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Paul Skidmore  Identity Verified
Germany
Local time: 12:12
German to English
is currency conversion involved? Oct 12, 2010

According to the European Commission's consumer rights pages, the rule on money transfers is not quite as straightforward as David suggests.

They write: "For international payments in euros within the EU, banks should charge you no more than they would for a national transaction of the same value in euros." (My emphasis)

On the same page it states further:

"International payments in currencies other than the euro are not subject to these provisions."

see

http://ec.europa.eu/youreurope/citizens/shopping/banking/day-to-day-banking/index_en.htm?profile=0

This may in part explain Louisa why you have had to pay such transfer fees. I don't know what it costs to open and maintain an account denominated in euros with a British bank, but this could prove a cheaper option in the long run.

HTH Paul


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David Wright  Identity Verified
Austria
Local time: 12:12
German to English
+ ...
to Paul Oct 12, 2010

But surely you can make a transfer from a UK bank in Euros, or are they really still in the middle ages?

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Gillian Searl  Identity Verified
United Kingdom
Local time: 11:12
Member (2004)
German to English
Middle ages - as far as the fee is concerned Oct 12, 2010

So there's no way to avoid it. Unless you have a EUR bank account - or possibly know someone who does. Here in the UK you got to pay the charges.

Gillian


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Louisa Berry
United Kingdom
Local time: 11:12
Member (2009)
German to English
+ ...
TOPIC STARTER
short term solution Oct 12, 2010

Just had an idea which will help me in the short term but not in the long run. I'm going to Essen next week for a trade fair, so I'll just pay the money in over the counter. I will revisit the question again in the future if I have to start regularly sending money.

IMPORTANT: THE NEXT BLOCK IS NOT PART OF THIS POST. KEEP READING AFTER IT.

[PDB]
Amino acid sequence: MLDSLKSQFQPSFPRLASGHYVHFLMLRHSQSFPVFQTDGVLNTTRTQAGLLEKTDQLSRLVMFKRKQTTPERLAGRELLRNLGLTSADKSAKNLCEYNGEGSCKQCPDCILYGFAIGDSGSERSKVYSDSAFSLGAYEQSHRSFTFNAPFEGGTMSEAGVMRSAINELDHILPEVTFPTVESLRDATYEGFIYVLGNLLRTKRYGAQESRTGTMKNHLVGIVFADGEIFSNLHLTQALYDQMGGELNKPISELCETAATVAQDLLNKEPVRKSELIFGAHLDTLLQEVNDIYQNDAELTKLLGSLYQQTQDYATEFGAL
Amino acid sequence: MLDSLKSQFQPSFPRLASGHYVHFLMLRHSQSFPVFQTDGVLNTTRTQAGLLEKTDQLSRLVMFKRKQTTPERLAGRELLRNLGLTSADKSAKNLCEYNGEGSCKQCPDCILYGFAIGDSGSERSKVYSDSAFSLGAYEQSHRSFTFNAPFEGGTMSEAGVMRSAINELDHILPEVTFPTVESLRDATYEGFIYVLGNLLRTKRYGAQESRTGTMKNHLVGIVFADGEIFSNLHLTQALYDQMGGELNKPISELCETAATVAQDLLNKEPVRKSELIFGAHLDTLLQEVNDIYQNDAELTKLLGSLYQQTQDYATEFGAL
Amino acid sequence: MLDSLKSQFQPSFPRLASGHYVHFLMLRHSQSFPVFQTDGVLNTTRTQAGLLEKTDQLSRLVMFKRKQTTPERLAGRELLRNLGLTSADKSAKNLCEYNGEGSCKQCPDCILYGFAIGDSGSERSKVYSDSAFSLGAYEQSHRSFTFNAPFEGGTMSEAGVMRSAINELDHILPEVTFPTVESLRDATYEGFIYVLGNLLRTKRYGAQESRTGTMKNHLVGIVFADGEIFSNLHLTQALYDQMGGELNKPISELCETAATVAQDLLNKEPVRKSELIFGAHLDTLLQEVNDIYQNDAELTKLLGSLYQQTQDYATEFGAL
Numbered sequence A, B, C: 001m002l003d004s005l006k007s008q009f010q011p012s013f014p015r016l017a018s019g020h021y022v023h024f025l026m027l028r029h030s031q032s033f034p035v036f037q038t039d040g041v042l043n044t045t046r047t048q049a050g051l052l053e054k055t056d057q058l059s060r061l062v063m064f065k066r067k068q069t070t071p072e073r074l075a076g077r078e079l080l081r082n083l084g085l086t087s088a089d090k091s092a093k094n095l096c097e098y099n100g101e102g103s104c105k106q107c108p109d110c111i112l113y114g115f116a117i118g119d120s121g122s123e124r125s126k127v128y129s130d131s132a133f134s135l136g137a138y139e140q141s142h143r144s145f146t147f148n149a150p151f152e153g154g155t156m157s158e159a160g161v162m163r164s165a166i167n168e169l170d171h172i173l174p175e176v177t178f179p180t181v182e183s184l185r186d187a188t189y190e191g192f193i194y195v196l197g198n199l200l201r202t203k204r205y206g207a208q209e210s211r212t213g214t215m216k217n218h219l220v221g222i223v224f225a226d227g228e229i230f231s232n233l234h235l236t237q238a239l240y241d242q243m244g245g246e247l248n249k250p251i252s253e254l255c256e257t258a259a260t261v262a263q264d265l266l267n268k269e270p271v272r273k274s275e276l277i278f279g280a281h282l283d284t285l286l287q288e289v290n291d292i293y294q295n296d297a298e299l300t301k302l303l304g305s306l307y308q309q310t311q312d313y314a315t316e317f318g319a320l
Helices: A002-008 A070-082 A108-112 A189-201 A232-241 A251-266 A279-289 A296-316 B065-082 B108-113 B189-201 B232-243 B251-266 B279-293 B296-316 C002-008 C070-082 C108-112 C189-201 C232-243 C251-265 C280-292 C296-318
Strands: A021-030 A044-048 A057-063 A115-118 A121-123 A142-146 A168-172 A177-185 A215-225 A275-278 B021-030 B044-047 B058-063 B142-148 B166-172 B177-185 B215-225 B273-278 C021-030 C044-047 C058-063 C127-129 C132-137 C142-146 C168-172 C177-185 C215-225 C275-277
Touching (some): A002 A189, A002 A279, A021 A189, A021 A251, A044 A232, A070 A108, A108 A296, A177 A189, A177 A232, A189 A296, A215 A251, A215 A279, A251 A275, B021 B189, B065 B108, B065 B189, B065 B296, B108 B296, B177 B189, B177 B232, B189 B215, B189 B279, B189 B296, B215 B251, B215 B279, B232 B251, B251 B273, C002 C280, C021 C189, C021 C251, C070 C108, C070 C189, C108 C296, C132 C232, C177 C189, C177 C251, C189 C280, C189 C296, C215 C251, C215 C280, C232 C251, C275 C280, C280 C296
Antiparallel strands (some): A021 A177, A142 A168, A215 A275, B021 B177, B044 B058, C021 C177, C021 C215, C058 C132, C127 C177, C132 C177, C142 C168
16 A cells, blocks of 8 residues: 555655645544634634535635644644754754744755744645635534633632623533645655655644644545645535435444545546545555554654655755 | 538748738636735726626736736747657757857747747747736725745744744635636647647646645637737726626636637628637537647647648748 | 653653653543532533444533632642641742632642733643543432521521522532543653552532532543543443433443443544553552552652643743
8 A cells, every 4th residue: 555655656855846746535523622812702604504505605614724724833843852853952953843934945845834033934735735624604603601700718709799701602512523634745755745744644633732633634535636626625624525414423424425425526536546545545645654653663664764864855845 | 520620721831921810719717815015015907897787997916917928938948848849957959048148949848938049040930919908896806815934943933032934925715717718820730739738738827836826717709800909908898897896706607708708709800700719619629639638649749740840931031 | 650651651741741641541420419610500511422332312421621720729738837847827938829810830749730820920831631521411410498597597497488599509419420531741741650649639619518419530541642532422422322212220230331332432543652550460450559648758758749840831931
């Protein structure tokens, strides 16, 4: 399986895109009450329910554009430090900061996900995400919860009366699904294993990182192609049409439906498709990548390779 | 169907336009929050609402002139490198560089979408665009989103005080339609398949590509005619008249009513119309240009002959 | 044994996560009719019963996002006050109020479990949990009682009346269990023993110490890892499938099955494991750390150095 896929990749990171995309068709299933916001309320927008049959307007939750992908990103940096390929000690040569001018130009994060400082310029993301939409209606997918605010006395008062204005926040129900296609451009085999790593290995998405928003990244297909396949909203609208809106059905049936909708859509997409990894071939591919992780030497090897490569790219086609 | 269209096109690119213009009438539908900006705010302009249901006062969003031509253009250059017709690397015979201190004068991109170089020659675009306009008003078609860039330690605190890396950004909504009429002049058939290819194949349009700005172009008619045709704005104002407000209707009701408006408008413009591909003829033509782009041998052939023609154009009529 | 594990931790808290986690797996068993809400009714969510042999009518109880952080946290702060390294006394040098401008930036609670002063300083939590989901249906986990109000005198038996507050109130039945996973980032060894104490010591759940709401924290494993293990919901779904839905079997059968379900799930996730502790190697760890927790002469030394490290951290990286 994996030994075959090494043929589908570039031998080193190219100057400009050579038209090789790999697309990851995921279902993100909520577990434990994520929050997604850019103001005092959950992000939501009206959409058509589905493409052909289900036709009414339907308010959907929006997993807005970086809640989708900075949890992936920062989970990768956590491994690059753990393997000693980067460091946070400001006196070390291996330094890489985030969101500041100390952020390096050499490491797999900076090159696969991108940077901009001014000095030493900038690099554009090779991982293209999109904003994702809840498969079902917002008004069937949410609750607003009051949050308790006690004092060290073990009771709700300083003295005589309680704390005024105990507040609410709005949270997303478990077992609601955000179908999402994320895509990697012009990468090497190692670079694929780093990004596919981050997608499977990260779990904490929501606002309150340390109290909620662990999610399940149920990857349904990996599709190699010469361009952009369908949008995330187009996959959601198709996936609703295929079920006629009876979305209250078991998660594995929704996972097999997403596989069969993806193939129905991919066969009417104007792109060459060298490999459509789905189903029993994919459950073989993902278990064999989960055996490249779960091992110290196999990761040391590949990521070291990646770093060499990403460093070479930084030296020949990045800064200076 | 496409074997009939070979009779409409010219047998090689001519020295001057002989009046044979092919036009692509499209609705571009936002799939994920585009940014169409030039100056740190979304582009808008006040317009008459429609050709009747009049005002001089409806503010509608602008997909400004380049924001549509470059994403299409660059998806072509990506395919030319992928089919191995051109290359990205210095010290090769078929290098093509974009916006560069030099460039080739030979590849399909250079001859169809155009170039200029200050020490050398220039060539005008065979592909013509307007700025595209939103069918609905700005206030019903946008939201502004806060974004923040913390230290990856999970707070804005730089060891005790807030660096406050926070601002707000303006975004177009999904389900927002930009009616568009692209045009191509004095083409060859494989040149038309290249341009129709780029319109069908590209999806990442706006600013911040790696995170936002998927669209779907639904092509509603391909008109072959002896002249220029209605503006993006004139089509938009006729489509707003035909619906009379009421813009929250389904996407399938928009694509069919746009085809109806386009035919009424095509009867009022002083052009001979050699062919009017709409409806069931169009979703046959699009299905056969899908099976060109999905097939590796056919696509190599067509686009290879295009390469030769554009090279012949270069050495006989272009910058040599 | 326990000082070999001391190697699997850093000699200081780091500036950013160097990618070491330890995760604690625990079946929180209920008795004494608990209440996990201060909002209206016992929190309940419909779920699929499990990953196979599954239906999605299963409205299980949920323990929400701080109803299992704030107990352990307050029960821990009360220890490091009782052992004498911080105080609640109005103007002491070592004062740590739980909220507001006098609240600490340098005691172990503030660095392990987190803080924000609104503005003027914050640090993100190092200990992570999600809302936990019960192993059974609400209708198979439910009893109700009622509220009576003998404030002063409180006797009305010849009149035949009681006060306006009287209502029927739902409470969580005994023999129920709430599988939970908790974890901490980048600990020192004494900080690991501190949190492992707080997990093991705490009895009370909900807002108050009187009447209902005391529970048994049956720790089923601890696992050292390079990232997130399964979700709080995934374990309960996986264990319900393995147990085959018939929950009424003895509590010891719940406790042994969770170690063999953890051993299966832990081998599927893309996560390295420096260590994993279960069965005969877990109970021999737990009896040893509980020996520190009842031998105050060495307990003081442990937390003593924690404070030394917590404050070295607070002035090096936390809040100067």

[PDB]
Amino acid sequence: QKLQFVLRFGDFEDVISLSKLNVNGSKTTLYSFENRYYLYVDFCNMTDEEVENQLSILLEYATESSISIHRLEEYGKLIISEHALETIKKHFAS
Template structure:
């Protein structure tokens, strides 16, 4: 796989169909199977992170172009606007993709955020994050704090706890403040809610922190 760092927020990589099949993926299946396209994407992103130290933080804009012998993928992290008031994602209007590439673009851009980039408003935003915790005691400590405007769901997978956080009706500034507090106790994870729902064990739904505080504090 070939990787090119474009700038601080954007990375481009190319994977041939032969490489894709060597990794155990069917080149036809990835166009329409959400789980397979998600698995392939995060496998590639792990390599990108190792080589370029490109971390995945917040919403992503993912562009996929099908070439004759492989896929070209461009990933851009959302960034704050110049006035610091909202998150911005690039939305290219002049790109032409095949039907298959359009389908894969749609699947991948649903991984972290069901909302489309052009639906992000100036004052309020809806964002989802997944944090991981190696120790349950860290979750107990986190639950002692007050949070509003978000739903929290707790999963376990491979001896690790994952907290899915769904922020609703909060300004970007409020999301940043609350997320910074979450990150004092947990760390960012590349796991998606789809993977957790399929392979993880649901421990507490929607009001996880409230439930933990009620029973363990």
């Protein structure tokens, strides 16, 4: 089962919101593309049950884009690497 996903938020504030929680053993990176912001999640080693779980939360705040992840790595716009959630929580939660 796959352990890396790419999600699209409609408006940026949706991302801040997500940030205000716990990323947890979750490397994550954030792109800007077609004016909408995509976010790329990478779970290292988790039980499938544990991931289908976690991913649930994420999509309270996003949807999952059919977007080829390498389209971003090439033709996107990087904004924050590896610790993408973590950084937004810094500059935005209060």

@ David you can make a payment in euros but only if its from an account in euros. if its from an account in sterling the eu rules dont apply as the transfer is made in pounds and only converted into euros at the other end.


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RobinB  Identity Verified
Germany
Local time: 12:12
German to English
Oct 12, 2010



[Edited at 2010-10-12 20:43 GMT]


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Claire Cox
United Kingdom
Local time: 11:12
French to English
+ ...
First Direct Oct 12, 2010

Hi Louisa,

I recently asked First Direct how much they would charge to make a payment to a bank in France and they quoted me £9 for up to 50,000 Euros, so that's cheaper than the other banks you mentioned, although not free, admittedly. My old bank, NatWest, also quoted in the region of £20 - daylight robbery, I know. Perhaps PayPal might be cheaper. depending on the amount in question? I think they charge on a percentage basis. I have investigated holding a euro account in the UK in the past and you have to keep a prohibitively large amount in the account to avoid charges - obviously only suitable for fat cats, not people who need their euro income to pay their bills! However, the situation has improved over here from what it was a few years ago - at least incoming euro payments into my First Direct account are now free of commission charges and at a reasonable interest rate, although that's still not the case with many of the UK banks.

Hope you manage to get it sorted. I was caught out in the other direction when a client in Austria charged me for their bank charges. They admitted it was an error when I queried it and promptly transferred the difference across, but I was with NatWest at the time and ended up paying two lots of commission at this end rather than just the one - grrr! Yet another reason which eventually pushed me to change banks.

All the best,

Claire